Of the three methods employed in washing vegetables, saline was the most effective and recovered 52% (95% CI = 47 - 57%) of parasites followed by PBS 34% (95% CI = 30 - 39%) and tap water 14% (95% CI = 11 - 18%). There was however some correlations between the methods used and the type of parasite recovered. The difference between the proportion of E. histolytica, S. stercoralis, C. parvum and C. cayetanensis recovered was statistically significant (p < 0.05). Cryptosporidium parvum and E. histolytica were the most parasites recovered in saline whereas S. stercoralis recovered most from PBS.Overall, there was no correlation between the type of vegetable and the diversity of parasites found or the abundance of parasites. Neither was any statistically significant difference or correlation between the batches of vegetables bought from each site. However, storage conditions (refrigerated or not-refrigerated) as well as cleanliness of the vegetables at the time of purchase correlated with the diversity and abundance (p < 0.001 in all cases). Vendors from the open aired markets had washed tomatoes and lettuce. The vendors occasionally sprinkled water on the lettuce to maintain freshness. We however observed that the water was dirty. In addition to tomatoes and lettuce, vendors from markets B & C washed their carrots and pepper. There were no formal guidelines for these vendors to follow with respect to how clean they should present these vegetables although there appeared to be some consistency within each location. All vegetables from the supermarkets were washed, packaged in transparent plastic bags or containers and refrigerated. Vegetables from the open-aired markets had the highest diversity of parasites (Figure 2). The diversity was however not the same at the sites during consecutive visits and sampling.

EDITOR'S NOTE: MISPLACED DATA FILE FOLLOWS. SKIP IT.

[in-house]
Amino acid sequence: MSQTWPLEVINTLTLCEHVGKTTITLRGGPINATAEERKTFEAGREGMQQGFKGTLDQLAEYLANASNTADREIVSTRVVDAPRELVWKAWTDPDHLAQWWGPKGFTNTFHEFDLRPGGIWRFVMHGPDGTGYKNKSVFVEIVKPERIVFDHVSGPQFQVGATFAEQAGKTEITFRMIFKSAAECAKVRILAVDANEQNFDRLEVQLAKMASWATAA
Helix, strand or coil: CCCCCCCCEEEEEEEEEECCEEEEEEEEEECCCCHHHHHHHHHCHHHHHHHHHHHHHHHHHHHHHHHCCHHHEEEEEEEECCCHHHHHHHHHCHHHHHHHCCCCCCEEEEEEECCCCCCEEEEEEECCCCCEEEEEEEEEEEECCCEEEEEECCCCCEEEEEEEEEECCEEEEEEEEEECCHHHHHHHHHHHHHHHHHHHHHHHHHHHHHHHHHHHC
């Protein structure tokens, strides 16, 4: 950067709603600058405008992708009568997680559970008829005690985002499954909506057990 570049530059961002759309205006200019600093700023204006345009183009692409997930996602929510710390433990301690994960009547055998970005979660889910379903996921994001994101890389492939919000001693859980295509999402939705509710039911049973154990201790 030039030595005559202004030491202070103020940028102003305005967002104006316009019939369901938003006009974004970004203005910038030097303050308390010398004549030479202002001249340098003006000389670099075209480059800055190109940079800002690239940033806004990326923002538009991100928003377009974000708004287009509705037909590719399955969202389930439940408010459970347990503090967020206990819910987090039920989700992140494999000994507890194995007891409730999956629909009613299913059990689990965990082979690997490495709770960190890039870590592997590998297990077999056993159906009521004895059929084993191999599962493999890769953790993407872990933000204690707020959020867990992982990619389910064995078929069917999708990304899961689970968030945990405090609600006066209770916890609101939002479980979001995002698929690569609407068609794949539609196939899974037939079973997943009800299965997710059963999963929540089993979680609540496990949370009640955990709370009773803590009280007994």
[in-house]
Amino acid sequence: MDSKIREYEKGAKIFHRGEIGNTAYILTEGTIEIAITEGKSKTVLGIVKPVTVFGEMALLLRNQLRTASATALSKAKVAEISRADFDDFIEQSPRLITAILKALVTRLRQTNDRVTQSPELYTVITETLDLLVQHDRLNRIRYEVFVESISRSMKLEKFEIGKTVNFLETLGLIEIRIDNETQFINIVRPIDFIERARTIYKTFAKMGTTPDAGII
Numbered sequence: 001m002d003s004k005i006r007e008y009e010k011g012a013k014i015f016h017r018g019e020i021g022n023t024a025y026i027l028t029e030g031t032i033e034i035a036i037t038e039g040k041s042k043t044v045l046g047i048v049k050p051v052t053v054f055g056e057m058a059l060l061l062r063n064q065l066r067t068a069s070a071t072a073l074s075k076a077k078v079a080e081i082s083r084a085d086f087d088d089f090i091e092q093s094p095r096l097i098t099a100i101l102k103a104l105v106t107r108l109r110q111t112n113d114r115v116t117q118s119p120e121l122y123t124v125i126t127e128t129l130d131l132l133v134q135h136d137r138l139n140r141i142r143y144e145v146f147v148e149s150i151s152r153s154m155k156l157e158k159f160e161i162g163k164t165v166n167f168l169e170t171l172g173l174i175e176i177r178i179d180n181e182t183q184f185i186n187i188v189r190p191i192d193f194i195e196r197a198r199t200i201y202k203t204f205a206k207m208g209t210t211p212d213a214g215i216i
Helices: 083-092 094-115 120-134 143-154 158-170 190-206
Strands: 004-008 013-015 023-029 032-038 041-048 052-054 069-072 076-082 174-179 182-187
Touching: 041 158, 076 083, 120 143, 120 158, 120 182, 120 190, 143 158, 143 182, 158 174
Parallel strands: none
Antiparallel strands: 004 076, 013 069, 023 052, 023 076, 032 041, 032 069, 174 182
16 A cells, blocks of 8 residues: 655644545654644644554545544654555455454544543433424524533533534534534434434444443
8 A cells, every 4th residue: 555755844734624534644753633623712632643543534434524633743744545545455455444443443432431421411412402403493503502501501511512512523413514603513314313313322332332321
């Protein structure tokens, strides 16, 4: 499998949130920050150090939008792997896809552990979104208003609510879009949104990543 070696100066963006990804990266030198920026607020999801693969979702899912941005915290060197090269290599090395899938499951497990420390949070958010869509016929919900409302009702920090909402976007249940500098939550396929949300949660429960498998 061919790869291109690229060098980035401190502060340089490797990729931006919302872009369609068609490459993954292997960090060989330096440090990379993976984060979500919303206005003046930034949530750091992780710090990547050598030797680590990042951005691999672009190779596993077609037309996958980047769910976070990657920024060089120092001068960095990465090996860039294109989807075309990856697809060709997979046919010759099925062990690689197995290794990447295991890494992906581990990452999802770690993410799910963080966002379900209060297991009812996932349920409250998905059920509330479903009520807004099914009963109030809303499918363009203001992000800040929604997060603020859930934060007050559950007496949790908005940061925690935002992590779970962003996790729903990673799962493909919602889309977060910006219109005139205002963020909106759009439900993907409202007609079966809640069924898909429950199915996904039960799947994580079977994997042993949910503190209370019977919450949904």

Results from this study shows that, the prevalence of protozoan and helminth parasites in the fresh vegetable chain in Accra is high. This finding is particularly worrying as the problem lingers on. Similar reports have made in some parts of Nigeria  and Ghana [15, 16]. Notably, this study has seen a higher prevalence for S. stercoralis than C. parvum. Cryptosporidium associated diarrhea has been reported frequently among various groups of Ghanaians [17, 18]. Despite these reports, the problem appears not to have improved in recent times. Another reoccurrence is the high prevalence of parasites associated with lettuce [19, 20]. There are reports of a wide variation of parasites associated with leafy vegetables (cabbage and lettuce) than the other vegetables which may be due to exposure of the leaves to the soil surface or the nature and appearance of the vegetable . The high prevalence of C. parvum could be associated with contaminated water used for irrigation while S. stercoralis and hookworm can be associated with contaminated human excreta used as manure . High contamination of lettuce maybe due to how the vegetable grows on the farms, precisely on the surface of the soil unprotected, due to the curly nature of the leaves. This makes it possible for them to be associated with most parasites especially geohelminths such as S. stercoralis, hookworm and T. trichiuria which are soil transmitted nematodes . Also the softness and fragility of the leaves of the lettuce makes most vendors ignore washing it rigorously in order to maintain the freshness of their lettuce thus making them a potential source of parasitic infections.
We found infective stages of some of the parasites in this survey (eg. S. stercoralis filariform larva, cysts of E. histolytica/dispar and E. coli, G. lamblia cysts, etc.). The presence of infective stages poses a greater health risk from handling and consuming the contaminated vegetables. S. stercoralis filariform larva could penetrate the skin of both the vendors as well as consumers. Although non-infective stages where also found for some parasites (e.g. T. trichiura unembryonated ovum, unembryonated Ascaris ovum, etc.), these life forms could potentially develop into infective stages over time and pose significant health risks.